The story of Oedipus The King revolves around Oedipus' voyage to avoid his own fate, something that in the end he cannot do. This literary work raises many questions regarding fate and its control over our lives, and more interestingly, our control over it - yet never gives us an answer which we can draw a solid conclusion from. One could prove that Oedipus' decisions and actions are the factors that affect his life, but whether or not "fate" can also encompass a control over one's actions is a question that cycles back to the question of control over fate. In Sophocles' play we are introduced to Oedipus, the protagonist, whose actions and fate determine the course of his life and ultimately lead to his downfall, but the question of whether it was strictly fate or strictly his actions remains to be answered. When Oedipus goes to the Oracle Apollo, the Oracle predicts what will ultimately become of Oedipus, but he does not control Oedipus' life and actions.
It could be said that Oedipus determines his conduct by being the type of man he is and takes steps under free will. His decision to hear Creon's message with others in attendance, his promise to avenge the king's murder and his drive to learn the truth were all actions driven by his character and conducted under free will. His actions in the play show that it could be free will, not fate, that leads to the discovery of the murder of his father and marriage to his mother. On the opposite side of this, though, is the fact that through all of Oedipus' attempts to dodge his fate, he fulfills what he had been told was his destiny, thus proving fate to be true. An example of Oedipus making a clear personal choice that affects his life is after Creon returns from Delphi with news from Apollo. Creon suggests that he speak to Oedipus in private, and tells Oedipus "If you want my report in the presence of these...
[pointing to the priest while drawing Oedipus to the palace] I'm ready now, or we might go inside." Oedipus replies, "Speak to us all. I grieve for these, my people more than I fear for my own life." Oedipus could have received the message in private, which would have prevented the others from hearing that Laius' murderer was present in Thebes and must be "banished or paid back blood for blood." As a result, the truth about how and where the murder was committed became public knowledge, and Oedipus' decision to allow Creon to speak in public about his findings from the Oracle was conducted under free will and was a step toward his own destruction. Another aspect, which shows how Oedipus' "free will" contributed to his demise, was his promise to find and avenge Laius' murderer. Despite the fact that Oedipus was unaware of who killed the king or why someone would have wanted him dead, he quickly, openly and freely swore to avenge and banish the killer. He could have sworn to find, capture and question the killer's motives, then kill or banish when satisfied that the murder was unjust. Instead Oedipus' impulsive measures were another step toward his ruin.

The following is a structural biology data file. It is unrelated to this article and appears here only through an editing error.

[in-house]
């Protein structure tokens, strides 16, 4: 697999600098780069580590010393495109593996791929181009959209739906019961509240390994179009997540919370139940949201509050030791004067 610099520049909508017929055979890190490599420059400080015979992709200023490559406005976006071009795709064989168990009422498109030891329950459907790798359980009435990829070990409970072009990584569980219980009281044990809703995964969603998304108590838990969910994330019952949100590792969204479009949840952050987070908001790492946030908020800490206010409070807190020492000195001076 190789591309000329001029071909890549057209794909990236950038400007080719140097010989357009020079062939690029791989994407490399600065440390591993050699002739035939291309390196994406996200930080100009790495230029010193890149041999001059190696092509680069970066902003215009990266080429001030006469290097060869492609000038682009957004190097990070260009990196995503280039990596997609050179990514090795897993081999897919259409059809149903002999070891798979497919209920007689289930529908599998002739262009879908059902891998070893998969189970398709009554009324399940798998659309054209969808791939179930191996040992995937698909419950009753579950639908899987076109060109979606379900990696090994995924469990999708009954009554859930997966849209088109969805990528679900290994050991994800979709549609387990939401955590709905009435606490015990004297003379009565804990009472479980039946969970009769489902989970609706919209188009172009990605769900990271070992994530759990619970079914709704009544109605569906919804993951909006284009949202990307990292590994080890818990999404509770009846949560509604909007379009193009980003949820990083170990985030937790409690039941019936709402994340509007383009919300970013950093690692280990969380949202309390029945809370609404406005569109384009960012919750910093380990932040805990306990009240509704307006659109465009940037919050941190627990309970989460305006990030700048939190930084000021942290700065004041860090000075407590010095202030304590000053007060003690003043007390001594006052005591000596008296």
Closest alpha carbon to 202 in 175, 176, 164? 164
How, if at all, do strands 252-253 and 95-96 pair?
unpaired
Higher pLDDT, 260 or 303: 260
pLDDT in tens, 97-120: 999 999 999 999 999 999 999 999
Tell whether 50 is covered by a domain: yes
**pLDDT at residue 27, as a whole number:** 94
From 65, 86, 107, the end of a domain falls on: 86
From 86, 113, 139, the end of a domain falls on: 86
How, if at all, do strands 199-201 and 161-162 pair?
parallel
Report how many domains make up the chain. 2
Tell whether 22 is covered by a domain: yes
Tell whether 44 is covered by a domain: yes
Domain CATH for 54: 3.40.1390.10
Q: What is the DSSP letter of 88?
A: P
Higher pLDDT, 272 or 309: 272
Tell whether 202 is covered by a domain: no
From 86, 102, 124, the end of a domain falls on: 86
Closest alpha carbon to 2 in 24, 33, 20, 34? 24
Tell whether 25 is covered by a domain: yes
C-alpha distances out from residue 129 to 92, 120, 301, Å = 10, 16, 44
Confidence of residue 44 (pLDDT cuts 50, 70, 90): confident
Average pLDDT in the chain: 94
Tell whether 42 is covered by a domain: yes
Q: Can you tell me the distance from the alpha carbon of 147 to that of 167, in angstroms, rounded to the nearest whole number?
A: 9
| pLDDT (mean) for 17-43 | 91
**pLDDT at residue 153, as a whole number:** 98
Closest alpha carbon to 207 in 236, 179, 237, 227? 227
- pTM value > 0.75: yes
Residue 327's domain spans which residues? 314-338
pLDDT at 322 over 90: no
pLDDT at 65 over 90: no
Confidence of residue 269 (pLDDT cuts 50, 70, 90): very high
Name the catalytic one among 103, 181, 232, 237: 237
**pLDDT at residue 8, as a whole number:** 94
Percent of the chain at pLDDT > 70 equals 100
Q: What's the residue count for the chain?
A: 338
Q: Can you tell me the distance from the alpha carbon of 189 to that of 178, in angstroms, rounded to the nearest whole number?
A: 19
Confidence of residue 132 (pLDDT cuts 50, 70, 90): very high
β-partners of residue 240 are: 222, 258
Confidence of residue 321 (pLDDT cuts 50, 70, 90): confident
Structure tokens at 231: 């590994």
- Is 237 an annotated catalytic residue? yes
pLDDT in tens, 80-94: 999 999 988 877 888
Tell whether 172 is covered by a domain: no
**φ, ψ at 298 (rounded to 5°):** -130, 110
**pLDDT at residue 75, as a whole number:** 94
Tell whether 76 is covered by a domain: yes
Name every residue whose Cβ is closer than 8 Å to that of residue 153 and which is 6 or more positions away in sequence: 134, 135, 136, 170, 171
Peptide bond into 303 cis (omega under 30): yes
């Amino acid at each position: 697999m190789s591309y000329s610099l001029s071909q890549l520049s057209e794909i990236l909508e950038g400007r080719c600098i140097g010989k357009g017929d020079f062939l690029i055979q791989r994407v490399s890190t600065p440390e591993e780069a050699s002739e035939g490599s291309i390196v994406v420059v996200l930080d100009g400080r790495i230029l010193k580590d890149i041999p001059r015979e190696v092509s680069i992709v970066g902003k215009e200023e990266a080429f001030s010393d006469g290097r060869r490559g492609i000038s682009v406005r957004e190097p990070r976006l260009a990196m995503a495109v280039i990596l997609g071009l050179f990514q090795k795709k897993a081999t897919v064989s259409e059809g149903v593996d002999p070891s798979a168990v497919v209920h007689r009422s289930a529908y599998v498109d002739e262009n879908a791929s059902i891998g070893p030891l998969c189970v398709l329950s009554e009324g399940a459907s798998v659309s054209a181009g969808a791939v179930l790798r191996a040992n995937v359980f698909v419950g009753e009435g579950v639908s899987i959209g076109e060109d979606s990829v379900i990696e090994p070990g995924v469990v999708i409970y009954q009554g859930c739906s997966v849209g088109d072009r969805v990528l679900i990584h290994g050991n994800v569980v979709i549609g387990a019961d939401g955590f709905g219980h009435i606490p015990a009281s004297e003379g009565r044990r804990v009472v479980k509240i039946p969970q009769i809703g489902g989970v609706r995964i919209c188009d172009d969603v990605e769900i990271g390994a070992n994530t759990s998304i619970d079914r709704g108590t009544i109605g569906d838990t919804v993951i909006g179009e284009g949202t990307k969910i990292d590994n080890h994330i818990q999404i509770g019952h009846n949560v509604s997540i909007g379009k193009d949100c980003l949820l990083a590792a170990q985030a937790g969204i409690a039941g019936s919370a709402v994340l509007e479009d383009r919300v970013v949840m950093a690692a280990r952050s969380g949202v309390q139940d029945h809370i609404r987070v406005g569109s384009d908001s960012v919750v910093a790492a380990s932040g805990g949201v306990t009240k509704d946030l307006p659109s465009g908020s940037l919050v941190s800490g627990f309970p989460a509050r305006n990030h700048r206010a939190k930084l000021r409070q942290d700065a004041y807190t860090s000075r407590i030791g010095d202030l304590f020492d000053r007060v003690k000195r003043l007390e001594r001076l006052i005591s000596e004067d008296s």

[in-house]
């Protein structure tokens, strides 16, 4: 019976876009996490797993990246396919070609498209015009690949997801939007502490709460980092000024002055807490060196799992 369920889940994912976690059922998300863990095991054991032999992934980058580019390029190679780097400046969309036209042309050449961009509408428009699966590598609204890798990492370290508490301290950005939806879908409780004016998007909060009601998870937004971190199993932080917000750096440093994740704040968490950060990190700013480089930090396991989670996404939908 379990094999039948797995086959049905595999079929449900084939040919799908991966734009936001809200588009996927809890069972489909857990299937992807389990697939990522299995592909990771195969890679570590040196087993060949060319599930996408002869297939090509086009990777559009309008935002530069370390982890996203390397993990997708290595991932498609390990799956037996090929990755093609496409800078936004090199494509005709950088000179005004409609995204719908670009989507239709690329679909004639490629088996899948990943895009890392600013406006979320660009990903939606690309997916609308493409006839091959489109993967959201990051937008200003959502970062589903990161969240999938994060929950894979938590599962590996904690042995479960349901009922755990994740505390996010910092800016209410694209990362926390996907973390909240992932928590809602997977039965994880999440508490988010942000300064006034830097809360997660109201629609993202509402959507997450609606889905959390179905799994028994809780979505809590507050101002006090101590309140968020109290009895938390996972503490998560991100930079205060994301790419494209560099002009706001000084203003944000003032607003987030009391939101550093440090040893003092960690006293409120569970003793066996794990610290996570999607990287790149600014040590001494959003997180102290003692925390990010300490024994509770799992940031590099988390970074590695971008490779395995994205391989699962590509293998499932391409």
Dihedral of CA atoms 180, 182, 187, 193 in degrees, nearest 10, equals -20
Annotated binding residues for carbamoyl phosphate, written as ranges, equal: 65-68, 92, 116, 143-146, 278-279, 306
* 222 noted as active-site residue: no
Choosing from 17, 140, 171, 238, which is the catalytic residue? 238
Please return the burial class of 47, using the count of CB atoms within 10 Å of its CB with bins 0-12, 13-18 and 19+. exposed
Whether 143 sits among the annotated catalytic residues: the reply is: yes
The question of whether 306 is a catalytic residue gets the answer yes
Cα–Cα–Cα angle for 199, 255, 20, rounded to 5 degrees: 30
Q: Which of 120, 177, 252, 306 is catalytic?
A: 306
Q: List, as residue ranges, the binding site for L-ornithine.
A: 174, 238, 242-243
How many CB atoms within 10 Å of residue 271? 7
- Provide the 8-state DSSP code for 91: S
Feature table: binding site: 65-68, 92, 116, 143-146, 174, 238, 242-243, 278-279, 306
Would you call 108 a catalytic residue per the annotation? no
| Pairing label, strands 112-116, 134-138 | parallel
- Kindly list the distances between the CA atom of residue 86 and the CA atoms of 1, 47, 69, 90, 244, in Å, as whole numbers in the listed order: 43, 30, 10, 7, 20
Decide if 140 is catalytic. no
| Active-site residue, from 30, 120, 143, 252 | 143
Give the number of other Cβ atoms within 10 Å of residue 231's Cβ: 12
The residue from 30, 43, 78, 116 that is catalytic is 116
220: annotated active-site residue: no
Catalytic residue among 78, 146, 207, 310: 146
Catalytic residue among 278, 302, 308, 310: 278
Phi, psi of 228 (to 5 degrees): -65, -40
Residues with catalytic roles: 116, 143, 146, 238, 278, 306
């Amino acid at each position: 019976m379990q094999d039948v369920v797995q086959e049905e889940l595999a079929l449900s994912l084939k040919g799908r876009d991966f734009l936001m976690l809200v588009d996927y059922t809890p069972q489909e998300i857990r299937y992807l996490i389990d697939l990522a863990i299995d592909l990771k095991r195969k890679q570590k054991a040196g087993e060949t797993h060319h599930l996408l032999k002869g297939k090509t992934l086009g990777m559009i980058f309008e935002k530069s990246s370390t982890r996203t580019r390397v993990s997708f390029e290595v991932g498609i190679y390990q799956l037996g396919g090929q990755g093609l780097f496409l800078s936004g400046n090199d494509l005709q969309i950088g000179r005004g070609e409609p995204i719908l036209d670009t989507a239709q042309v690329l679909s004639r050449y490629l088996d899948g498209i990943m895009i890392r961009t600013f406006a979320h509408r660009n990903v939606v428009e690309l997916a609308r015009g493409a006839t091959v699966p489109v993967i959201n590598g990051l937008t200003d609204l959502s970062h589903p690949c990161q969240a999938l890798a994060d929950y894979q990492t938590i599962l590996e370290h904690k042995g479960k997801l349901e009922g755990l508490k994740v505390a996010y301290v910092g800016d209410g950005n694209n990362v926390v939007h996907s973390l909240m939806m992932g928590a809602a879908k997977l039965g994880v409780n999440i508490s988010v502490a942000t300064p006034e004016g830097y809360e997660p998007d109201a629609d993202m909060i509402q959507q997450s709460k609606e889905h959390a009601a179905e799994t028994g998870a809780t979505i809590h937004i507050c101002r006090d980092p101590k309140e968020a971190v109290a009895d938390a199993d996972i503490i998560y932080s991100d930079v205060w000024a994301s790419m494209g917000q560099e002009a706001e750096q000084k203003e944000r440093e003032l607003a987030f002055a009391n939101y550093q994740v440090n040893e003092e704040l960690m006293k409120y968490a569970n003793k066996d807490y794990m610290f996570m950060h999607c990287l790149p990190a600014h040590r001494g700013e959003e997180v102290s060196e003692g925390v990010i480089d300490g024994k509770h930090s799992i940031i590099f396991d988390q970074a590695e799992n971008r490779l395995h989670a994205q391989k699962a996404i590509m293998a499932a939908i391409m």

Oedipus was quite hasty when he told Creon and the others at the palace, "Whoever killed the king may decide to kill me too, with the same violent hand - by avenging Laius I defend myself." Oedipus was anxious to show his people that he wanted to rid the city of the terrible plague, but in this decision played a further role in the end. Oedipus' drive to learn the truth about the death of Laius was the most important variable, which shows that his banishment from the city and loss of power and wealth was all controlled by his free will. After Oedipus promises to rid his city of the murderer through exile he places a curse on the murderer and plays detective in search for a killer. During a discussion with Tiresias, Oedipus says, "You know and won't tell? You " re bent on betraying us, destroying Thebes." Oedipus forced Tiresias to reveal that Oedipus was the true murderer.
It was as if a "can of worms" had been opened and another step toward the end was taken. Oedipus' investigation leads to a conversation with Jocasta in which he asks, "Laius - how did he look? Describe him. Had he reached his prime?" Neither Oedipus or Jocasta speaks of the coincidences in their past stories and pretend not to see the truth that would solve the murder and reveal that he had married his mother. As painful as the truth may have been, it was Oedipus' drive to learn the truth that lead to the discovery. This drive was lead by free will to uncover a truth, not fate that it would have happened despite what Oedipus would or would not have done in his life. Greek philosopher, Plato taught, "Man can and does defeat the purposes of the universe.
Although he is a creature of the divine Creator, he may so order his life as not to live justly and wisely." He believed that man was rising up and declaring his belief in his own ability, his strength even against the powers of the universe. In the end, Oedipus' actions controlled his destiny, but whether or not his actions were controlled by fate is unanswered. His actions, such as allowing Creon to speak in public about the findings of the Oracle, to once again publicly declaring to avenge Laius' death, to his personal investigation into the murder were controlled by him, not fate. Prior knowledge did not determine Oedipus' destiny; his actions were all conducted independently of any prophecies. It can be concluded that Oedipus was free to mold his destiny and may not have been a mere object in the universe of fate, but the question of exactly which remains through the whole play as an unanswered question.